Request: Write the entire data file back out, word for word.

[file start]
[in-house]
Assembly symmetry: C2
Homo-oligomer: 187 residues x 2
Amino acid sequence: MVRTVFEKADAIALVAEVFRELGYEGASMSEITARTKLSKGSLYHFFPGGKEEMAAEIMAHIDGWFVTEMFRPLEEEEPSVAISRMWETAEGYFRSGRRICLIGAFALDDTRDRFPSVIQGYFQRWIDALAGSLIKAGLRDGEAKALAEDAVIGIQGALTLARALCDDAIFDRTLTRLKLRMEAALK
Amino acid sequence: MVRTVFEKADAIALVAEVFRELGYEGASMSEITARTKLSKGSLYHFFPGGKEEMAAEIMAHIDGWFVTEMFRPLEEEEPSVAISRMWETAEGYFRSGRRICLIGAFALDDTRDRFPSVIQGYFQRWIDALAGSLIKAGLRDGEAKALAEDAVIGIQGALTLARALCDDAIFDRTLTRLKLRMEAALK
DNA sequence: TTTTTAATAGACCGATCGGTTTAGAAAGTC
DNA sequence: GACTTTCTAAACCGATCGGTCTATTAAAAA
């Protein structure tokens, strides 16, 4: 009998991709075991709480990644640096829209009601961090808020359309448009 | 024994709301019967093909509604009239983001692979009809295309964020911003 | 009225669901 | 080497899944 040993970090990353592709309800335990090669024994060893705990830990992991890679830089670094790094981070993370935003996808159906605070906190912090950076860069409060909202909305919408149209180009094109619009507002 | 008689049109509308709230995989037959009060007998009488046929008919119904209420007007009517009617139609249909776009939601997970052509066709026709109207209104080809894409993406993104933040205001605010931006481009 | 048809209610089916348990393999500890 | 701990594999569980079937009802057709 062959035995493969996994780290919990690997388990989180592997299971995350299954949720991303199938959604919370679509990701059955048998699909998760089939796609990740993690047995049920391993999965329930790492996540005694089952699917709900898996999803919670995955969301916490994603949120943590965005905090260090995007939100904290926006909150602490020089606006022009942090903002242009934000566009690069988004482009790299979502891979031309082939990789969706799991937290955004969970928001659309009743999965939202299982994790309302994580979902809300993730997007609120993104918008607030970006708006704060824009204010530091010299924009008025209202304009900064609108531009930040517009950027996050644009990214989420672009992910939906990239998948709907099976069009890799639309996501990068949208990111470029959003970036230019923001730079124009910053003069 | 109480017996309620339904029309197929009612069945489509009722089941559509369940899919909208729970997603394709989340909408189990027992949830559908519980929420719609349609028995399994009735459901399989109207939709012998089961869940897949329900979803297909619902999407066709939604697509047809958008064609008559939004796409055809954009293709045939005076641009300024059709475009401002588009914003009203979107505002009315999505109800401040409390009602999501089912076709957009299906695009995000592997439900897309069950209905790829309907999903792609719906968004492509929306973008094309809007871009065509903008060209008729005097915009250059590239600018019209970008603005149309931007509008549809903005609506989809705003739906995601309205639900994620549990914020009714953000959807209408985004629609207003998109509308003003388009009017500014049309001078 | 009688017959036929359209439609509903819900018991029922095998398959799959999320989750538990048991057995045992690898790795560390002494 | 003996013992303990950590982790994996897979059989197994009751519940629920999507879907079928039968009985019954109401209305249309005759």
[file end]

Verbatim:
[in-house]
Assembly symmetry: C2
Homo-oligomer: 187 residues x 2
Amino acid sequence: MVRTVFEKADAIALVAEVFRELGYEGASMSEITARTKLSKGSLYHFFPGGKEEMAAEIMAHIDGWFVTEMFRPLEEEEPSVAISRMWETAEGYFRSGRRICLIGAFALDDTRDRFPSVIQGYFQRWIDALAGSLIKAGLRDGEAKALAEDAVIGIQGALTLARALCDDAIFDRTLTRLKLRMEAALK
Amino acid sequence: MVRTVFEKADAIALVAEVFRELGYEGASMSEITARTKLSKGSLYHFFPGGKEEMAAEIMAHIDGWFVTEMFRPLEEEEPSVAISRMWETAEGYFRSGRRICLIGAFALDDTRDRFPSVIQGYFQRWIDALAGSLIKAGLRDGEAKALAEDAVIGIQGALTLARALCDDAIFDRTLTRLKLRMEAALK
DNA sequence: TTTTTAATAGACCGATCGGTTTAGAAAGTC
DNA sequence: GACTTTCTAAACCGATCGGTCTATTAAAAA
């Protein structure tokens, strides 16, 4: 009998991709075991709480990644640096829209009601961090808020359309448009 | 024994709301019967093909509604009239983001692979009809295309964020911003 | 009225669901 | 080497899944 040993970090990353592709309800335990090669024994060893705990830990992991890679830089670094790094981070993370935003996808159906605070906190912090950076860069409060909202909305919408149209180009094109619009507002 | 008689049109509308709230995989037959009060007998009488046929008919119904209420007007009517009617139609249909776009939601997970052509066709026709109207209104080809894409993406993104933040205001605010931006481009 | 048809209610089916348990393999500890 | 701990594999569980079937009802057709 062959035995493969996994780290919990690997388990989180592997299971995350299954949720991303199938959604919370679509990701059955048998699909998760089939796609990740993690047995049920391993999965329930790492996540005694089952699917709900898996999803919670995955969301916490994603949120943590965005905090260090995007939100904290926006909150602490020089606006022009942090903002242009934000566009690069988004482009790299979502891979031309082939990789969706799991937290955004969970928001659309009743999965939202299982994790309302994580979902809300993730997007609120993104918008607030970006708006704060824009204010530091010299924009008025209202304009900064609108531009930040517009950027996050644009990214989420672009992910939906990239998948709907099976069009890799639309996501990068949208990111470029959003970036230019923001730079124009910053003069 | 109480017996309620339904029309197929009612069945489509009722089941559509369940899919909208729970997603394709989340909408189990027992949830559908519980929420719609349609028995399994009735459901399989109207939709012998089961869940897949329900979803297909619902999407066709939604697509047809958008064609008559939004796409055809954009293709045939005076641009300024059709475009401002588009914003009203979107505002009315999505109800401040409390009602999501089912076709957009299906695009995000592997439900897309069950209905790829309907999903792609719906968004492509929306973008094309809007871009065509903008060209008729005097915009250059590239600018019209970008603005149309931007509008549809903005609506989809705003739906995601309205639900994620549990914020009714953000959807209408985004629609207003998109509308003003388009009017500014049309001078 | 009688017959036929359209439609509903819900018991029922095998398959799959999320989750538990048991057995045992690898790795560390002494 | 003996013992303990950590982790994996897979059989197994009751519940629920999507879907079928039968009985019954109401209305249309005759």